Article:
Of course you can't do that all in one ad, but as far as I can tell, the He Gets Us campaign doesn't ever end up there. If we're going to draw people into a conversation about Jesus, it needs to find it's way to the fullness of who He is.


More than that, let's not simply watch things like these ads and stop there. Let's train ourselves to be critical thinkers around the things our culture is feeding us. Some are accurate, others aren't. How do we know? We know by being good stewards of the Word, holding cultural ideas (especially about God) up to the light of scripture.


In the end, there is nothing inherently wrong with the campaign. And the powerful message of loving our enemies with the sacrificial service of Jesus is a good one for all of us. However, I believe it’s an incomplete, and therefore misleading, message. Jesus was both man and God, servant and master, savior and Lord. And the love of Jesus included both service and confrontation, grace and truth, hope and conviction. Without these balancing truths, the ads can give our world the wrong impression of Jesus and his message. Because humans are involved, we cannot simply assume things like this are all correct or lack an agenda, but must do our best to try and discern truth from error.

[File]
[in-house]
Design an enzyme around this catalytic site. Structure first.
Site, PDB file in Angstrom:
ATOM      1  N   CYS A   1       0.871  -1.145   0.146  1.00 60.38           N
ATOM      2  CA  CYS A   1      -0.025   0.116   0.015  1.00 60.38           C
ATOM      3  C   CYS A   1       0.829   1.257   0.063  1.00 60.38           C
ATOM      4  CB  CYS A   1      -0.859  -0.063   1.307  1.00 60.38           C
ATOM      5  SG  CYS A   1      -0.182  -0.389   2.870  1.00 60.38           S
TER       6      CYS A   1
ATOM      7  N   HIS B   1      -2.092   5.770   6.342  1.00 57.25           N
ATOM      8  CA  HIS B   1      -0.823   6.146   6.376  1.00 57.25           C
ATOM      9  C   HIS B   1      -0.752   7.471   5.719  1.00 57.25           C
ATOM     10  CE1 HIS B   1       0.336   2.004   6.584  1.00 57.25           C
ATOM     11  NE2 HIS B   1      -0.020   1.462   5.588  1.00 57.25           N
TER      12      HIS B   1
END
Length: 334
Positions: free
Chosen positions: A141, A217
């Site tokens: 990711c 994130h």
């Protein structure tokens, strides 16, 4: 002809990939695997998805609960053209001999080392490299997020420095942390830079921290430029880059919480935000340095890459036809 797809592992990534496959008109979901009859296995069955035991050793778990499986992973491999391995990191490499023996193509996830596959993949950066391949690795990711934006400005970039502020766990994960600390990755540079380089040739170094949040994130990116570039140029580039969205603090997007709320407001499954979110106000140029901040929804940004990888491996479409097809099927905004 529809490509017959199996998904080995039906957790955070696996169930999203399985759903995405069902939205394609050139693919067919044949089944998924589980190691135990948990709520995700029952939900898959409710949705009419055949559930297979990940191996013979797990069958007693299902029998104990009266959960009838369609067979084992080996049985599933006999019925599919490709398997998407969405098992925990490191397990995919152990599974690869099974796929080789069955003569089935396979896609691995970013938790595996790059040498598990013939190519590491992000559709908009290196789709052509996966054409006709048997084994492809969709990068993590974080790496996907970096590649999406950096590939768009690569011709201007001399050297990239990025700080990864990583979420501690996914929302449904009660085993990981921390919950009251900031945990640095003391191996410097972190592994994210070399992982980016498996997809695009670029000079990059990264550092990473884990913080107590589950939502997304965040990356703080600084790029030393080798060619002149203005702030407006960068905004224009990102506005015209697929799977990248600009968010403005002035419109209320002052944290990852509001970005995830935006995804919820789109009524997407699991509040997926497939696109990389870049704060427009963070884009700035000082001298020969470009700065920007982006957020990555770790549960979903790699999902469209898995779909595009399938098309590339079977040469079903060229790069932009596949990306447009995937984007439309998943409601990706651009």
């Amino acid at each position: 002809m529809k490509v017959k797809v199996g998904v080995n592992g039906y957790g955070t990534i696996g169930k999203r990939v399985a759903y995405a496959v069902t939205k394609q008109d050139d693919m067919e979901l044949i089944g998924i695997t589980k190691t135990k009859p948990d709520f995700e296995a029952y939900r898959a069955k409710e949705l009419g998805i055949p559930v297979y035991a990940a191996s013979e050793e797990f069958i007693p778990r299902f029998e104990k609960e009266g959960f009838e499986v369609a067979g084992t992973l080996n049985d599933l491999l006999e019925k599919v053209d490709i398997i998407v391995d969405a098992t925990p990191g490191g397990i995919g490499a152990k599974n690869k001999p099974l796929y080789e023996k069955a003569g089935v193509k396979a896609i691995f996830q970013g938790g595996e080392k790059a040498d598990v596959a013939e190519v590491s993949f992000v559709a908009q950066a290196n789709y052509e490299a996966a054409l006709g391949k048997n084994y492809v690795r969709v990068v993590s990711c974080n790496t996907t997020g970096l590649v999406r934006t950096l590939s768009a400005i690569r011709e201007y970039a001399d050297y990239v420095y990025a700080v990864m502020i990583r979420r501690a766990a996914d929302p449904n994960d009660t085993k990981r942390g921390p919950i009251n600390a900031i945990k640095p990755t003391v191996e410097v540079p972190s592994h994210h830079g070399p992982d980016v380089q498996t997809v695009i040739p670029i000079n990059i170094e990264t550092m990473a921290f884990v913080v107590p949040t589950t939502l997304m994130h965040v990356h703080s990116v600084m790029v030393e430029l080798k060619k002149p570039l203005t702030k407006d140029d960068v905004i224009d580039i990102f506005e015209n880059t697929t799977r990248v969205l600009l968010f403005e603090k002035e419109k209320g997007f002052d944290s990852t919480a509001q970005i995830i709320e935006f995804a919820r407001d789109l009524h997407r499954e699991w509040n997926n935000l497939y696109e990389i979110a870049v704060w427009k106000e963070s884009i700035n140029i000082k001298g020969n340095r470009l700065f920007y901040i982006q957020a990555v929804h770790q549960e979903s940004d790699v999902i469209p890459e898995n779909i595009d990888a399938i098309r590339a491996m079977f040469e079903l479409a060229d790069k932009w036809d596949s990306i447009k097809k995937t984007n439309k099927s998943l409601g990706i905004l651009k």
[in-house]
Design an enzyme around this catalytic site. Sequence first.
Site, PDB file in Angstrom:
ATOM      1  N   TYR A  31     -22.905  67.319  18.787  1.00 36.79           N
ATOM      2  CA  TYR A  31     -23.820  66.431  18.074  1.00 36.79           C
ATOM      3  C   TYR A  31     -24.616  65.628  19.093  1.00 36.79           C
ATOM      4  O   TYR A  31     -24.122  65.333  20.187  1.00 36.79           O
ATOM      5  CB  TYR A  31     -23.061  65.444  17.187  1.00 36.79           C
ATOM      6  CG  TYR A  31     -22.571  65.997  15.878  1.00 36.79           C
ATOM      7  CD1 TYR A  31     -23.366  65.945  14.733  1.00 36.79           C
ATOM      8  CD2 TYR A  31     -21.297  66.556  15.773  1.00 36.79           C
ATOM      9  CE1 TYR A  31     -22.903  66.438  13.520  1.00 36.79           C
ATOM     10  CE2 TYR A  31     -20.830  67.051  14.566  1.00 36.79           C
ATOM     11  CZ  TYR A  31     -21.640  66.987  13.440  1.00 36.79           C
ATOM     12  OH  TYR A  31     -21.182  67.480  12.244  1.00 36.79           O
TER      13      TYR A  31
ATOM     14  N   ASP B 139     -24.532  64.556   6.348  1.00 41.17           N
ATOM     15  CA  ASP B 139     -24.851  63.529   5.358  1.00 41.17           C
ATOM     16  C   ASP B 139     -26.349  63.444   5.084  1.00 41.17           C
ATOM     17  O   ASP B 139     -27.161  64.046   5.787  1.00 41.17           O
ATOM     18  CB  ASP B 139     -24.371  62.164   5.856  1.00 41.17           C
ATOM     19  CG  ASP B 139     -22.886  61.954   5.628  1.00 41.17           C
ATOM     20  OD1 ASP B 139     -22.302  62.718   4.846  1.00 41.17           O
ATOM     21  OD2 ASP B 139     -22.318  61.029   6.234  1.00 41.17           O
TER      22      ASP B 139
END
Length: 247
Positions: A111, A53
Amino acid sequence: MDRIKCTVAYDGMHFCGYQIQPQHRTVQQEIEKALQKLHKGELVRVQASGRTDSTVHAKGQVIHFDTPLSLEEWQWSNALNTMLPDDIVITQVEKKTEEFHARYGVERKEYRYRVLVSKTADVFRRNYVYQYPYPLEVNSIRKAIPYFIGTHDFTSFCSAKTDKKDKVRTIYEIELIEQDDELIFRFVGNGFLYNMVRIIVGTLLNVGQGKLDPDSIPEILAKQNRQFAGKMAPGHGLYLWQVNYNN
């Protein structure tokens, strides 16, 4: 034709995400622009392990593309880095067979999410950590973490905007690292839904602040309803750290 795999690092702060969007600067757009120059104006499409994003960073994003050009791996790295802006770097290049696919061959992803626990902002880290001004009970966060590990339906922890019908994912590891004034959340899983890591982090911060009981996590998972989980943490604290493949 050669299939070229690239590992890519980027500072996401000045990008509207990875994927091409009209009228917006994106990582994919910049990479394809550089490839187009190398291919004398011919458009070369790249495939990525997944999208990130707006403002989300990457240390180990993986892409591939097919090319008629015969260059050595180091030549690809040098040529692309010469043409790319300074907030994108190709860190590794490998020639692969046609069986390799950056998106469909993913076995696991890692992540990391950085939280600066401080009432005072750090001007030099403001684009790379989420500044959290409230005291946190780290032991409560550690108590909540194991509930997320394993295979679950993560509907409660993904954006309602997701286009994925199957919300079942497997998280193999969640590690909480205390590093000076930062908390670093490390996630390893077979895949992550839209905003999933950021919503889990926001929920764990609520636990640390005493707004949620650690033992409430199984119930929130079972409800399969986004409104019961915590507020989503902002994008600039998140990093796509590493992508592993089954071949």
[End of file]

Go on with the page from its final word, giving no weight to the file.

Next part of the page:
Read Natasha's article for yourself and see what you think: 7 Problems With The He Gets Us Campaign


Daren


(1) Kruger, Michael J. . The Ten Commandments of Progressive Christianity: (Seminary President Diagnoses & Critiques Ten False, Often Appealing, Half-True “Commandments” and Offers ... & Theological Response) (Cruciform Quick) . Cruciform Press. Kindle Edition.


(2) Ibid.